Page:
Ethics in AI
July 11th, 2019
A few months ago, we wrote about LinkedIn’s new ‘Job Seeker Account’ services. To recap: for additional costs, LinkedIn has made certain functionalities available only to those job seekers willing to pay a premium. But when we took a closer look at those services, our conclusion was that they didn’t add much value. (You can read the full text of the blog here.)
As a follow-up to this article, we posted a poll on our website, asking jobseekers whether they’d be willing to pay extra for the premium LinkedIn services.
As of the end of March, the vote was a clear ‘No’ – by a 4-to-1 margin.
What does this mean for employers and hiring managers looking to use LinkedIn as a recruiting tool? To begin, they are facing a much smaller, and possibly less relevant or talented, pool of candidates. With so many jobseekers unwilling to pay to appear in search results, the efficacy of the site as a way to find new employees really comes into question.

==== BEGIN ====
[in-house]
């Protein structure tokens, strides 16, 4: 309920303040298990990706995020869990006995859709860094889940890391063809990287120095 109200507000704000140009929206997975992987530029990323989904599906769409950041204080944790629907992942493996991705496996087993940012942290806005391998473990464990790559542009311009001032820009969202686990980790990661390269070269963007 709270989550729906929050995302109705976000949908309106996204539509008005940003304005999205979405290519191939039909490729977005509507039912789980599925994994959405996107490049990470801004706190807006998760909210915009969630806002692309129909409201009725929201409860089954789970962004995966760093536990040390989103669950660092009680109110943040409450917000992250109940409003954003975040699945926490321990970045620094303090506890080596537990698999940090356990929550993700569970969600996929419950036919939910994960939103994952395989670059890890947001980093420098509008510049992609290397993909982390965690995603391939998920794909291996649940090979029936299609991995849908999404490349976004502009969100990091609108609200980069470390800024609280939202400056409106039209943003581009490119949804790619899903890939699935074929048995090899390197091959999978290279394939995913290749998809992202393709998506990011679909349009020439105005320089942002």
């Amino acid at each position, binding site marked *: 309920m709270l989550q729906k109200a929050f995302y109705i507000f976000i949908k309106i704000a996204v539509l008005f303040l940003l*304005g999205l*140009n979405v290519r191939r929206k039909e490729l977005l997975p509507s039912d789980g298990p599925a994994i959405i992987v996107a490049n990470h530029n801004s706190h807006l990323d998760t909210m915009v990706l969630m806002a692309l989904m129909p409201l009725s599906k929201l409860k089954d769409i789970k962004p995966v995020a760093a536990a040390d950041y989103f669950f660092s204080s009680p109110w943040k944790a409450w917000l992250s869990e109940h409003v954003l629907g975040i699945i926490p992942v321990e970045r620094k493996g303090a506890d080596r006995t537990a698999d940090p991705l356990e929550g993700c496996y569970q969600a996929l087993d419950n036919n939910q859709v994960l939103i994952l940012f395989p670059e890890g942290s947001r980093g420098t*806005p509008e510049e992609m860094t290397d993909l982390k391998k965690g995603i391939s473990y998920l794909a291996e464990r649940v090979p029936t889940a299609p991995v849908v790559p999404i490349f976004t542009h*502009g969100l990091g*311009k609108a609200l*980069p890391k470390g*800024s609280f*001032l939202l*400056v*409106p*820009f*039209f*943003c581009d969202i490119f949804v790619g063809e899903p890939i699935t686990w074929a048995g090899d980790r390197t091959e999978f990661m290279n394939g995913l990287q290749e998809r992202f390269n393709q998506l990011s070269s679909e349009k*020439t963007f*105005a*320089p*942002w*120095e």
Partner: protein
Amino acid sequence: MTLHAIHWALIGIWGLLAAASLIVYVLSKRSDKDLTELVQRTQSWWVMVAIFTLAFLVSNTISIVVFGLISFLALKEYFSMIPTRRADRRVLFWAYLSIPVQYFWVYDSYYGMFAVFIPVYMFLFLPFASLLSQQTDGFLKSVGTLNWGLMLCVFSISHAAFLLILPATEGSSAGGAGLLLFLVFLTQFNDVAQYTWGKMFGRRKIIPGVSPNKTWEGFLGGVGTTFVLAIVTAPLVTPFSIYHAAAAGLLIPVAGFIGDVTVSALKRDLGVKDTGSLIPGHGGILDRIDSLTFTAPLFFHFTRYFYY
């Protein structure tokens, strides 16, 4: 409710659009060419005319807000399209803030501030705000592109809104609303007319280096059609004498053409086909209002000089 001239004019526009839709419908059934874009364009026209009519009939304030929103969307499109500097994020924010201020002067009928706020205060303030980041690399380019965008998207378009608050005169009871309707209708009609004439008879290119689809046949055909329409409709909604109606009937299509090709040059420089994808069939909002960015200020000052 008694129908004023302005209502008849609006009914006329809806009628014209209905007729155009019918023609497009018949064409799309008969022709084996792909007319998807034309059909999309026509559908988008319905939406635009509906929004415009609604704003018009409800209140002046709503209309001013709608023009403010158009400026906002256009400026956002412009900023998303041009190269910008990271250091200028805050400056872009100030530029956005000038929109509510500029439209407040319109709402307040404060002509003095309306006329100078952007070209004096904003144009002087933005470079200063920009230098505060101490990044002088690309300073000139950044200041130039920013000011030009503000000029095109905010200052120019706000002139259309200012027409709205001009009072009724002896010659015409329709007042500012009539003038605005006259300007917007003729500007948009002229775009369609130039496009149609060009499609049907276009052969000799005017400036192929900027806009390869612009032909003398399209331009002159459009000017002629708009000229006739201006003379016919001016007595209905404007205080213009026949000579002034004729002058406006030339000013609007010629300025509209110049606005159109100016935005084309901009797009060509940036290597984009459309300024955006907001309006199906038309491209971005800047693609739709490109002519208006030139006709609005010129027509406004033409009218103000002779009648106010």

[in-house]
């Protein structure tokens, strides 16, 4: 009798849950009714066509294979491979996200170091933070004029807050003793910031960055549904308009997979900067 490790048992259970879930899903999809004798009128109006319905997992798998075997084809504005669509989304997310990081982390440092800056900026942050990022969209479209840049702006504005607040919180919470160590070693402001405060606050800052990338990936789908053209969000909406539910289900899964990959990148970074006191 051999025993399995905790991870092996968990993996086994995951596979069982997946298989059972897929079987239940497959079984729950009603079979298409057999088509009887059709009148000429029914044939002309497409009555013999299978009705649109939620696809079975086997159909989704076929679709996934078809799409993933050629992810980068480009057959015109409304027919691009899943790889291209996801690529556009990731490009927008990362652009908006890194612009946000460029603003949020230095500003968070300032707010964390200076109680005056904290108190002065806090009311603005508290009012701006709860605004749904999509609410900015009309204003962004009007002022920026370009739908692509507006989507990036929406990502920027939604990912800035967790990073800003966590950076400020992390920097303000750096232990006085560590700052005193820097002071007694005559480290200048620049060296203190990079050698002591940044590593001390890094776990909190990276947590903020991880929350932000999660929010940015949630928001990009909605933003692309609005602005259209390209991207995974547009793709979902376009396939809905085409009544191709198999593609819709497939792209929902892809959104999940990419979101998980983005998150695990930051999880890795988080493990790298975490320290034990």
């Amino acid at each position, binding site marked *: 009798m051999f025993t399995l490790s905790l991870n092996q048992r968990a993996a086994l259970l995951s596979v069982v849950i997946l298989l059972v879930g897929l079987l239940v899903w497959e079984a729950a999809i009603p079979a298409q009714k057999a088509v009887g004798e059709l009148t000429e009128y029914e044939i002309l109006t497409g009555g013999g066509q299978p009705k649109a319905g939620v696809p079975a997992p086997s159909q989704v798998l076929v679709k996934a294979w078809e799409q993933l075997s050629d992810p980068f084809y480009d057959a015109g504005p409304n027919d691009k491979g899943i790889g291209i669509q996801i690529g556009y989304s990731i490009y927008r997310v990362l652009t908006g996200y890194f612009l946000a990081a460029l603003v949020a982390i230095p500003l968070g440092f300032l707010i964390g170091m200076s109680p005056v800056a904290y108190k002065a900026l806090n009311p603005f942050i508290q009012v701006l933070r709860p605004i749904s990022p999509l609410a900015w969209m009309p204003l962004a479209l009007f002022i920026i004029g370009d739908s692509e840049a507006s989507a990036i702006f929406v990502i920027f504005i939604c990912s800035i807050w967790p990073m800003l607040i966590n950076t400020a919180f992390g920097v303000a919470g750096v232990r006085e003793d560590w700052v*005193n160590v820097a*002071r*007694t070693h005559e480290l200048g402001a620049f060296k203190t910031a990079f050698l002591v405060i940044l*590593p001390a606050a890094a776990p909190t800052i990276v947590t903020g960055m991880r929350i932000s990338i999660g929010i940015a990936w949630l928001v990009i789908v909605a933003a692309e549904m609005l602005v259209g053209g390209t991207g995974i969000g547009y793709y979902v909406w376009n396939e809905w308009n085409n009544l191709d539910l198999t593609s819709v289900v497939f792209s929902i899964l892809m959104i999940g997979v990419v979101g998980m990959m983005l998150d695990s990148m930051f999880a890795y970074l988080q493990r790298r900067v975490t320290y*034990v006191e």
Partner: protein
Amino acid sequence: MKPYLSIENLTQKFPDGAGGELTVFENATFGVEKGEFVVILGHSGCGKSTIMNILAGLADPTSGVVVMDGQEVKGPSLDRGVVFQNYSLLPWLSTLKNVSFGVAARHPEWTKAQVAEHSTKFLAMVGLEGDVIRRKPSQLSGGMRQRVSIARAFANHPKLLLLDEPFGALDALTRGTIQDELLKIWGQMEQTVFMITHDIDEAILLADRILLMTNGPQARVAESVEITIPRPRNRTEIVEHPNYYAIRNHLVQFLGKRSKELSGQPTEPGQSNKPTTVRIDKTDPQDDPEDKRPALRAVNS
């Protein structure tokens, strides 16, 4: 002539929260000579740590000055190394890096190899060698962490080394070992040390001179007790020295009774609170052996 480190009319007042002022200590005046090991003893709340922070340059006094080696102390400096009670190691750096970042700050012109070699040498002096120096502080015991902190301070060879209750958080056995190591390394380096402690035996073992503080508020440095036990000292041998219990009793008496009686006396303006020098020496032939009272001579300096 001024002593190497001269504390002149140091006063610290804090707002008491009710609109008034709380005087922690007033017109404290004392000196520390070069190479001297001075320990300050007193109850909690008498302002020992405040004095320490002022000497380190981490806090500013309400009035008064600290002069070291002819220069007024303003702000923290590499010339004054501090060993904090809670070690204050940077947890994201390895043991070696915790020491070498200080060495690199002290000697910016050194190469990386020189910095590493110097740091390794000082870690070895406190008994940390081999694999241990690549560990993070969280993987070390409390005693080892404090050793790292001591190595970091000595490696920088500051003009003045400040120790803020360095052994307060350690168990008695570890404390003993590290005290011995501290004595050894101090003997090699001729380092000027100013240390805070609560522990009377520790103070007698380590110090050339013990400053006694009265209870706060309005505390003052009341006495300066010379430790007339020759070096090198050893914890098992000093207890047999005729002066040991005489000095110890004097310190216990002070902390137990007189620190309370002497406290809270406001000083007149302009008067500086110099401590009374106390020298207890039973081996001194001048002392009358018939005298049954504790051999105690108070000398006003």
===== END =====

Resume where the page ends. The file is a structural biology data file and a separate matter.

By the same token, we’d ask: Are those jobseekers who are willing to pay extra to be moved up in the search result rankings necessarily the most qualified or desirable candidates? Again, we tend to think this isn’t the case. In the process of searching for candidates and assessing their various attributes, we don’t want to be left wondering if someone appears at the top of the results list because they paid to be there, rather than because they are the most appropriate for the job.
We think the fact is, top talent know they have better job search options available to them – hence the overwhelming ‘No’ vote on whether they’re willing to incur the extra cost. For example, why would an applicant pay extra to learn the salary of an open position when – if they were working through a recruiter – this information is freely shared and recognised as a critical aspect of a job search?
It’s not that LinkedIn doesn’t have inherent value to jobseekers and hiring managers alike. But they may want to reconsider their policies in order to encourage more widespread use of the site as a job search/recruiting tool.
Do you think LinkedIn has shot itself in the foot? We would love to hear your opinions in the comments below.